Norman Lamb describes government’s £600m funding to mental health services as “breakthrough”

Mental health. Pictured: A young woman suffering from depression is consoled by her friend. Picture:

Mental health. Pictured: A young woman suffering from depression is consoled by her friend. Picture: Newscast Online - Credit: Newscast Online

Former care minister Norman Lamb has hailed the government's announcement to inject £600m into mental health services as a 'breakthrough'.

His comments came after chancellor George Osborne said - while giving his spending review - mental health had been 'neglected for too long'.

Mr Osborne said the money would ensure 'by 2020 significantly more people' will have access to talking therapies, perinatal mental health services, and crisis care.

Mr Lamb, the MP for North Norfolk who has backed the EDP's Mental Health Watch campaign, said: 'I'm very pleased that there is dedicated funding for mental health.

'Getting mental health recognised in this way is certainly progress.'


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But Brian Dow, director of external affairs at national charity Rethink Mental Illness, said: 'During the last parliament funding for mental health services were cut in real terms by 8.25pc - almost £600 million.

'So the additional £600 million is of course good news.

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'However it's essentially a gap-plugging exercise as this is only pouring back in what's been drained out in recent years.'

In his review Mr Osborne announced a rise in the NHS budget from £101bn to £120bn by 2020 and added £6bn of the promised £10bn would be provided to NHS England within 2016/17.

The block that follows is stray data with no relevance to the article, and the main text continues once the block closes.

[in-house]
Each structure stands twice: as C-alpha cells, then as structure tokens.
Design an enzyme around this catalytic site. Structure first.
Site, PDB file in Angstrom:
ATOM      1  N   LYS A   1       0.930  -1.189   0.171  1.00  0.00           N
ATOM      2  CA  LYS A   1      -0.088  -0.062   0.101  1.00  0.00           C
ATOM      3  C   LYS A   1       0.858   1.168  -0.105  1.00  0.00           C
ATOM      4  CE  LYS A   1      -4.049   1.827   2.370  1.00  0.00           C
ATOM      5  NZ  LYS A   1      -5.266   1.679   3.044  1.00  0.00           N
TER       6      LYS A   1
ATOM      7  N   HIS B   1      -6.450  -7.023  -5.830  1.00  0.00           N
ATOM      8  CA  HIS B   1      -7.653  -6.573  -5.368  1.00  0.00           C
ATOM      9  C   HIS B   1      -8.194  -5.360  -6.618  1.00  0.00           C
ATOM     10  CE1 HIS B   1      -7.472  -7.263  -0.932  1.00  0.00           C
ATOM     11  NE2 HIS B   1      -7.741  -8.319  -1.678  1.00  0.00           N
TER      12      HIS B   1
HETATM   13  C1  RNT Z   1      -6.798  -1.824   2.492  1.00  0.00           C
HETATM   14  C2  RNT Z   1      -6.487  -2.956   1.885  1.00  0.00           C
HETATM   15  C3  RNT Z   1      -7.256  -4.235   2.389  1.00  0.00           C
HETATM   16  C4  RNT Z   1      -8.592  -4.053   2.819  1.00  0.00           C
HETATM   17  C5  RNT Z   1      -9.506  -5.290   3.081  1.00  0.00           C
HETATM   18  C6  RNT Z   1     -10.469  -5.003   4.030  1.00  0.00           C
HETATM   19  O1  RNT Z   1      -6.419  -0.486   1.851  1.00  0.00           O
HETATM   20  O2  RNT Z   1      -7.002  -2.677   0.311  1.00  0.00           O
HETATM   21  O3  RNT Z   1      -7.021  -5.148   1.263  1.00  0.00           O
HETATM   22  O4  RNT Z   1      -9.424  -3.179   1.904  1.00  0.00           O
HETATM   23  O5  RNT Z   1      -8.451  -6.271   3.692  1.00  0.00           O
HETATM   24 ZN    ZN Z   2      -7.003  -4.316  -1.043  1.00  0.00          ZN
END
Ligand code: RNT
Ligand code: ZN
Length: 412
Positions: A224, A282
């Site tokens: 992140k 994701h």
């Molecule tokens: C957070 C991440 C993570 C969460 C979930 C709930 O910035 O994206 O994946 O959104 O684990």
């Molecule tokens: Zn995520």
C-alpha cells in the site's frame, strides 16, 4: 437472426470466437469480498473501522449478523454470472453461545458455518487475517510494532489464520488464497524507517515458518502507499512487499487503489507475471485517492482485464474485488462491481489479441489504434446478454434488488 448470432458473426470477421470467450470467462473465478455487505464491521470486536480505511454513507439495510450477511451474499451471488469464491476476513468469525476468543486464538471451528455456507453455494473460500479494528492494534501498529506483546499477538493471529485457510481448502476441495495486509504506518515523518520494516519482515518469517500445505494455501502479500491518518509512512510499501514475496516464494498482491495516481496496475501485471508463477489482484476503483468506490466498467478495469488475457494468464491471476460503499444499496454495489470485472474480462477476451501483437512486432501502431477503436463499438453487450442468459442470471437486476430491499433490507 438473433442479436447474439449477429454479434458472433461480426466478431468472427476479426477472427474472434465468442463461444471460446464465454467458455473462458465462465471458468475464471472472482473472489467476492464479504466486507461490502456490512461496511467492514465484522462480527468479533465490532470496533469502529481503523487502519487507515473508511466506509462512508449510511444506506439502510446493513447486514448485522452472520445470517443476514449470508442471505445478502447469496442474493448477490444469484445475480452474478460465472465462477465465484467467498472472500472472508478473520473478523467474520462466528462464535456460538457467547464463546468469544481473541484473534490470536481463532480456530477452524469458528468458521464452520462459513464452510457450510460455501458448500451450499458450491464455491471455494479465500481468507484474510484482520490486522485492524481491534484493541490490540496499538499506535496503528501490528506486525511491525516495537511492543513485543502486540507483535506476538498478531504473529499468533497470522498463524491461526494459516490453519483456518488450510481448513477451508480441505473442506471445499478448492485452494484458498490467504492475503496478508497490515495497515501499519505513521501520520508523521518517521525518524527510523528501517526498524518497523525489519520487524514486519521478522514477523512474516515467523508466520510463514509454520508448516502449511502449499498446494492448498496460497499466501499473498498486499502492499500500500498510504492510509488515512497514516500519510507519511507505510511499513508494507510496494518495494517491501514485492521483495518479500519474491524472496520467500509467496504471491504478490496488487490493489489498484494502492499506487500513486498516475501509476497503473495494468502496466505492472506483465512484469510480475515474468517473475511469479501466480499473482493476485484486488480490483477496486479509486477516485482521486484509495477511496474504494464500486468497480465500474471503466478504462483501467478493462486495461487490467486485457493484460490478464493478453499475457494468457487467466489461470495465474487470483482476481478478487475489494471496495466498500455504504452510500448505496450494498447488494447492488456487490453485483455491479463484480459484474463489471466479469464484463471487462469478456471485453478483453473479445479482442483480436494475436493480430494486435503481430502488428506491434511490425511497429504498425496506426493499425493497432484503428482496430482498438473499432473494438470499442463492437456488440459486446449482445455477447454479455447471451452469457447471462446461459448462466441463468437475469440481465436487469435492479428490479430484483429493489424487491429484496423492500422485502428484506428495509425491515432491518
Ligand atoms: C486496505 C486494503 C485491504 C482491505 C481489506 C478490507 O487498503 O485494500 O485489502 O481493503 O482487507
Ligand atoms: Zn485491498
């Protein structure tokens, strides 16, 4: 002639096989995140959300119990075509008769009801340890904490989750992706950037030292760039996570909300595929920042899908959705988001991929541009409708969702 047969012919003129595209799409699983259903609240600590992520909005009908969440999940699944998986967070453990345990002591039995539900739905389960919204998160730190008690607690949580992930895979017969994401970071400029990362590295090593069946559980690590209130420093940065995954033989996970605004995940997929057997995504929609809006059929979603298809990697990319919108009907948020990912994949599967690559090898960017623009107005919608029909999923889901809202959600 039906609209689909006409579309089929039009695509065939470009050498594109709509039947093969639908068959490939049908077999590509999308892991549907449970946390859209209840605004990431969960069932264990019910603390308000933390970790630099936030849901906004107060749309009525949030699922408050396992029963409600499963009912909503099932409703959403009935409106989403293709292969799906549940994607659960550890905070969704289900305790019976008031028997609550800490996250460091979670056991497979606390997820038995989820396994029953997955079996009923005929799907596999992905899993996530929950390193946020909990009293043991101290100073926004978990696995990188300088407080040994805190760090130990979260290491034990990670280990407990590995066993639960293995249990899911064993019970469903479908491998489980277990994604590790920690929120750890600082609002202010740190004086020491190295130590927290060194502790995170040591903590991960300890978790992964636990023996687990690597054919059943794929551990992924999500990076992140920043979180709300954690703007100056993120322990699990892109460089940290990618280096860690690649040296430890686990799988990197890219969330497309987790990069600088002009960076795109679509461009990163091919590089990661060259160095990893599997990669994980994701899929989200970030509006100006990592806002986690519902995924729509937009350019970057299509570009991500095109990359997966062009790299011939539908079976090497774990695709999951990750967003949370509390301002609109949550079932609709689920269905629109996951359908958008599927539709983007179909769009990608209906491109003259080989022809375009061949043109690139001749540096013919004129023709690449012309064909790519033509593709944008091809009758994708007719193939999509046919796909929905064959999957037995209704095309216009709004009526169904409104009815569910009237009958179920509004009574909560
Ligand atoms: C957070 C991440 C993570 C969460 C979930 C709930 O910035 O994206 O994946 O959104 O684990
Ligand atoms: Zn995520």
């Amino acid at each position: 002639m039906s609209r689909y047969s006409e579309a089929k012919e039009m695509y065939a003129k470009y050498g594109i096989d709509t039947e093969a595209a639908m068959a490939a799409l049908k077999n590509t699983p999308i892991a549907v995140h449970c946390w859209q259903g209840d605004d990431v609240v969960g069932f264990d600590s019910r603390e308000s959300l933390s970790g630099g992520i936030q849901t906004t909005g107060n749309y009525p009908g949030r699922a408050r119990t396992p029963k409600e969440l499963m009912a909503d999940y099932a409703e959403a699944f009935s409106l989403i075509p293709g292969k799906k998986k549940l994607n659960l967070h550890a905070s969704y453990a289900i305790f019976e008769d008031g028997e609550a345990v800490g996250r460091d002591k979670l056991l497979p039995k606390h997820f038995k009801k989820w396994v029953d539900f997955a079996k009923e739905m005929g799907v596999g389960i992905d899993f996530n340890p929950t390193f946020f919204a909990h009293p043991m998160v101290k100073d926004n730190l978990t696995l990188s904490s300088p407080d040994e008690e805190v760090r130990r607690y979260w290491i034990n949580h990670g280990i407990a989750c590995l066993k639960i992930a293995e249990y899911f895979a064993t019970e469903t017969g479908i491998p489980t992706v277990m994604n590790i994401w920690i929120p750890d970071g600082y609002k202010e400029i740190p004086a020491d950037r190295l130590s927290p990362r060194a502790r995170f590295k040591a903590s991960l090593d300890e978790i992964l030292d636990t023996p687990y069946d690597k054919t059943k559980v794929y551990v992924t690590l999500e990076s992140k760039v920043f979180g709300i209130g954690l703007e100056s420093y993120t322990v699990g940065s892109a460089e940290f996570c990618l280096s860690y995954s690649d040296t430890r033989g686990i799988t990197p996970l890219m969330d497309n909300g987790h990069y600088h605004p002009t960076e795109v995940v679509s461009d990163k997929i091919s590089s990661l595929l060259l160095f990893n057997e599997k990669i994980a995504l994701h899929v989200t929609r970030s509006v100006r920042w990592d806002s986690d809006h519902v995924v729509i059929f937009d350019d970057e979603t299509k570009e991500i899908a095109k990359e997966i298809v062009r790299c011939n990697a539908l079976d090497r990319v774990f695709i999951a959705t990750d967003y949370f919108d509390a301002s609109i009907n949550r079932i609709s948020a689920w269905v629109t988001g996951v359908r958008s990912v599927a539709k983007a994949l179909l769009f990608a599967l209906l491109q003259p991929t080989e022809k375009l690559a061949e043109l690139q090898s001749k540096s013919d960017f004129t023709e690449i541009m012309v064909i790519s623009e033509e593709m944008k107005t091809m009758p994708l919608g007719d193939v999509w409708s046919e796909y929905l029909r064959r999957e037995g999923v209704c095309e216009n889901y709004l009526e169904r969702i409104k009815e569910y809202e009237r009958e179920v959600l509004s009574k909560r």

But county councils' public health budgets, which funds services such as sexual health and stop smoking, will be cut by 3.9pc annually over the next five years.

And spending on non-NHS England activity, such as Health Education England (which trains the NHS workforce), will be cut by up to 25pc as part of savings at the Department of Health.

The impact of social care cuts on the NHS also left health chiefs concerned.

Meanwhile there will be radical changes to the funding of student nurses as the Conservatives aim to introduce 10,000 nurses by the end of 2020.

Mr Osborne said: 'Today there is a cap on student nurses; more than half of all applicants are turned away.

'We'll replace direct funding with loans for new students – so we can abolish this self-defeating cap.'

Janet Davies, chief executive of the Royal College of Nursing, said: 'The promise of 10,000 extra health professionals in this parliament will be a boost to the health service.

'Student nurses aren't like other students. 50pc of their time is spent in clinical practice working directly with patients. 'These proposals will saddle future generations of student nurses with even more financial pressures and unless nurses pay improves, many graduates will never be in a position to pay their loans back.'

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